What is 'killing everyone inside' - spalling ?

Even if we accept field artillery is going to be a big problem we are going to find marginal cases, for example you would like to be resistant to 81mm mortar rounds at least.


Edited by KV7, 18 March 2018 - 0827 AM.

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#46 GARGEAN

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Posted 18 March 2018 - 0826 AM

What is 'killing everyone inside' - spalling ?

Pressure bump after explosion breaking trough hatches.
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#47 Interlinked

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Posted 18 March 2018 - 0830 AM

What is 'killing everyone inside' - spalling ?

Even if we accept field artillery is going to be a big problem we are going to find marginal cases, for example you would like to be resistant to 81mm mortar rounds at least.

When the hatches of a tank are ripped off by the force of the explosion, the people under those hatches are probably dead.

I completely agree that protection from smaller artillery pieces is a very useful thing. I don't know if tanks were ever specifically designed with a requirement to be resistant to direct hits from 81mm mortars, but it seems that the thickness of roof plating needed to fulfill the universal requirement of 152/155mm airburst shrapnel resistance tends to coincide with that goal. Hatches and sights are usually proofed against machine gun fire as well so the damage from the fragmentation of a direct hit by an 81mm bomb is limited to some extent.

Edited by Interlinked, 18 March 2018 - 0838 AM.

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#48 KV7

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Posted 18 March 2018 - 2030 PM

Right, to go back to the original problem - if we have moderately sloped thick armor, a lot of plunging fire or top attack munitions will land onto armor designed to resist AT weapons from the frontal aspect without massive sloping - and therefore will have large LOS thickness from near vertical angles.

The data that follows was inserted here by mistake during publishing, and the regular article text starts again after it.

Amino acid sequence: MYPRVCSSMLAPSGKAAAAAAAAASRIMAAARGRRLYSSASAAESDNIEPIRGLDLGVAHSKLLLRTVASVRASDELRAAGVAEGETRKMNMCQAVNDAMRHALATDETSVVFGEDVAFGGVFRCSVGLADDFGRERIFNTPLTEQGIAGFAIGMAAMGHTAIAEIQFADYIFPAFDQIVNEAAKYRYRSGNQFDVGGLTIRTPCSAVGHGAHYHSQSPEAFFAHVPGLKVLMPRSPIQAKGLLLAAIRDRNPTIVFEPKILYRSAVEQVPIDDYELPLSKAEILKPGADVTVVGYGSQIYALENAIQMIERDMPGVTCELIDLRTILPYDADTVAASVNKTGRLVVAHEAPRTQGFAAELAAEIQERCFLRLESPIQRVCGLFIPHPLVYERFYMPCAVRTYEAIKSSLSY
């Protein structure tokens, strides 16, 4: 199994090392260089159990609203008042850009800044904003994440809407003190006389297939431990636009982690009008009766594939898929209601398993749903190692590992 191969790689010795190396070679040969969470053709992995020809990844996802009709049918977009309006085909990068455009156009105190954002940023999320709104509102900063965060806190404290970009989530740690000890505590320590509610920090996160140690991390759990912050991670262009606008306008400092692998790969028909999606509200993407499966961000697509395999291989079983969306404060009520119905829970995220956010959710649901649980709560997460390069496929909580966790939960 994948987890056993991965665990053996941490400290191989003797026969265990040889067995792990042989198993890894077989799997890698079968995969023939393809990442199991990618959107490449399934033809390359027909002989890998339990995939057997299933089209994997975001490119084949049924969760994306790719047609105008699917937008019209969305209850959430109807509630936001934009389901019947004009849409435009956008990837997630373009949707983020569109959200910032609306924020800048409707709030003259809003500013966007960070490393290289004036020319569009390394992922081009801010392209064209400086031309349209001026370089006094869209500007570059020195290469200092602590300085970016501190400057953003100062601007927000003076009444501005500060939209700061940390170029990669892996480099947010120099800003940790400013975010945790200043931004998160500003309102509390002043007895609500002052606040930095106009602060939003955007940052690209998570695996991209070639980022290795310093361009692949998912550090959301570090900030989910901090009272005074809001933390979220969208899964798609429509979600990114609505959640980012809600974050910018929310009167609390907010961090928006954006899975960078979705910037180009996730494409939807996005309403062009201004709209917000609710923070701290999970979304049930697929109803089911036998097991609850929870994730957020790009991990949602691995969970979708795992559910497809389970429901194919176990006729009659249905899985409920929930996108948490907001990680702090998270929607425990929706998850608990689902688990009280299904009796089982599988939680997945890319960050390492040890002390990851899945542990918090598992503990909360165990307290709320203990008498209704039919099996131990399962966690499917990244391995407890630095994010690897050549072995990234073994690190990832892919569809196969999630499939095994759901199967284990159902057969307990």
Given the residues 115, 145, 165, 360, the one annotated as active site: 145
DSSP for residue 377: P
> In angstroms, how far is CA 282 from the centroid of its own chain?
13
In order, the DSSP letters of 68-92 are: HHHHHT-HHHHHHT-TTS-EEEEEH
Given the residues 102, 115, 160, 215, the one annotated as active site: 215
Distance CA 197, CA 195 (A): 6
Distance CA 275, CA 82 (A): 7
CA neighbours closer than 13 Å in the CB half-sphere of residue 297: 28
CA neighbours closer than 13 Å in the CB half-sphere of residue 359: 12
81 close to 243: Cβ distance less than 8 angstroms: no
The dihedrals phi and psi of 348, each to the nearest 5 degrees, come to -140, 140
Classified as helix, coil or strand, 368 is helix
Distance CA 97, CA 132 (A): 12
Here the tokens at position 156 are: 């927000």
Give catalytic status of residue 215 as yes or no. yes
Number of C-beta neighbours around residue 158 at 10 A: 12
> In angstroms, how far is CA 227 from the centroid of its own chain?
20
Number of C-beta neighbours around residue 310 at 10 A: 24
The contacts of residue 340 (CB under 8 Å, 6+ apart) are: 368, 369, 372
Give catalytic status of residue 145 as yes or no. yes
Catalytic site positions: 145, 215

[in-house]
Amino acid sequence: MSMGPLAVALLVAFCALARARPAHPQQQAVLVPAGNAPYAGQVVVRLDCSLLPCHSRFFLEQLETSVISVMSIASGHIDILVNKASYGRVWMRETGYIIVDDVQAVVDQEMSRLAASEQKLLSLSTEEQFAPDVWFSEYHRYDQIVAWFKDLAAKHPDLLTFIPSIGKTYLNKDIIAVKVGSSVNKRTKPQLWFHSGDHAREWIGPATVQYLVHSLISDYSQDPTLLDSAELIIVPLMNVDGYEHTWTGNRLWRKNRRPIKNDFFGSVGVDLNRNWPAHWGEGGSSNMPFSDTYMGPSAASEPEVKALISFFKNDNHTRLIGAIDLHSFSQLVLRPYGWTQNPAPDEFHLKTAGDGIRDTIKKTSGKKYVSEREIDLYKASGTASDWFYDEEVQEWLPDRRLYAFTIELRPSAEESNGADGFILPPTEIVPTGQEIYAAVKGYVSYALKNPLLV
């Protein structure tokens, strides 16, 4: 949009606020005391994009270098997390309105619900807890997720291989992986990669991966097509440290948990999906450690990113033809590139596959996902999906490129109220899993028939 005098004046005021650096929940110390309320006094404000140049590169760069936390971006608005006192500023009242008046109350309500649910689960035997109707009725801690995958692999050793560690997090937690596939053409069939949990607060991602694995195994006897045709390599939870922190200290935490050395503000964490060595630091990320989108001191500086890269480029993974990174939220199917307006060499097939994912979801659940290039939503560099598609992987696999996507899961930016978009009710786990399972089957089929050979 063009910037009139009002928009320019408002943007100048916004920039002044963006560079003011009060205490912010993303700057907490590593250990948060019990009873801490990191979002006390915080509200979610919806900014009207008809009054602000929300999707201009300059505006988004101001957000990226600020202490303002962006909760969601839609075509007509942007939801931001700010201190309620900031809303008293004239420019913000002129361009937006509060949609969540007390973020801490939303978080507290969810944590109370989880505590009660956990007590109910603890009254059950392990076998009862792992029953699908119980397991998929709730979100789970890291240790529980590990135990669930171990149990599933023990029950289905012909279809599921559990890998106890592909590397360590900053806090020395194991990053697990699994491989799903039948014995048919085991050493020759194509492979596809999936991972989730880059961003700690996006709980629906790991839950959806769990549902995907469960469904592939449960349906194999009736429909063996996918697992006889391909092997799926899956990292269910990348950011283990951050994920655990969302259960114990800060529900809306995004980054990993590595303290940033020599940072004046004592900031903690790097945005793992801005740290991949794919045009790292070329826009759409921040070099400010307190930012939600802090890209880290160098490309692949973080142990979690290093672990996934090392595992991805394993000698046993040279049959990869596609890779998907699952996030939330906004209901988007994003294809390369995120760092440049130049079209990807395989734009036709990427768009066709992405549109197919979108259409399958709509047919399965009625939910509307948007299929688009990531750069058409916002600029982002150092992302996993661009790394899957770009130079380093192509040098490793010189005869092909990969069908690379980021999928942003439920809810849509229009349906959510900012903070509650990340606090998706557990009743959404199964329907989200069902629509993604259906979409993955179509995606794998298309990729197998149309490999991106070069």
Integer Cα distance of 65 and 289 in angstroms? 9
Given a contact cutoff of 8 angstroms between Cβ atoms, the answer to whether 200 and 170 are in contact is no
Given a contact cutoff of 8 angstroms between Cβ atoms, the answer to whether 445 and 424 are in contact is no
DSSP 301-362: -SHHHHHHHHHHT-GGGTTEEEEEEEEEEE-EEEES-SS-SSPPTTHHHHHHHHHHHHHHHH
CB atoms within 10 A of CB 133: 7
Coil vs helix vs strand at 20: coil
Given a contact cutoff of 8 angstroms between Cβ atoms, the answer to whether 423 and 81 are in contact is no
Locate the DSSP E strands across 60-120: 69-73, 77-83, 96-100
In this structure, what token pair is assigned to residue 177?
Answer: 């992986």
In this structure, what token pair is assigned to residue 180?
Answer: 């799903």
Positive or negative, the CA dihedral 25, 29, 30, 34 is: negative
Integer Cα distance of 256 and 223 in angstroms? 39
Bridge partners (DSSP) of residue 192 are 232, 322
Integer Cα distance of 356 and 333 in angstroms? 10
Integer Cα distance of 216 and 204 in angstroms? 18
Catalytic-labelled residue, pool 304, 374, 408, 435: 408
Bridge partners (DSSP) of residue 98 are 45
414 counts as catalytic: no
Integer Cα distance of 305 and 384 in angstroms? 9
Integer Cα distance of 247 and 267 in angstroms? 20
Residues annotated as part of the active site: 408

If we take say the T-72, the absolute size of the turret roof and exposed hull roof is not so large, and a direct plunging hit from say 122mm (or most top attack munitions) onto the glacis or turret cheeks is certainly going to be survivable. 


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#49 Adam Peter

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Posted 19 March 2018 - 1150 AM

When impacting at such a high angle, it is not the tip of the rod that penetrates the target but the tail.

 

Maybe there is some benefit for Soviet APFSDS for having larger fins (and speed drop on the other side) than contemporary NATO APFSDS?


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#50 Interlinked

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Posted 19 March 2018 - 1229 PM


When impacting at such a high angle, it is not the tip of the rod that penetrates the target but the tail.

 
Maybe there is some benefit for Soviet APFSDS for having larger fins (and speed drop on the other side) than contemporary NATO APFSDS?

It's totally negligible. According to the firing tables on Stefan Kotsch's website, the angle of impact of 3BM-15 at 2.0 km is only 0.13 degrees from the horizontal plane.

http://www.kotsch88....mm-ke-2A46M.htm
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#51 KV7

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Posted 19 March 2018 - 2038 PM

Things might get interesting if the fin impacts before the tip. But I know nothing about this.


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#52 GARGEAN

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Posted 20 March 2018 - 0112 AM

Considering relatively soft steel for fins and outer body plus pretty huge lever - fin with just be ripped off, adding minimal tilt to body.
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#53 KV7

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Posted 20 March 2018 - 0125 AM

Considering relatively soft steel for fins and outer body plus pretty huge lever - fin with just be ripped off, adding minimal tilt to body.

Yeah that was my guess.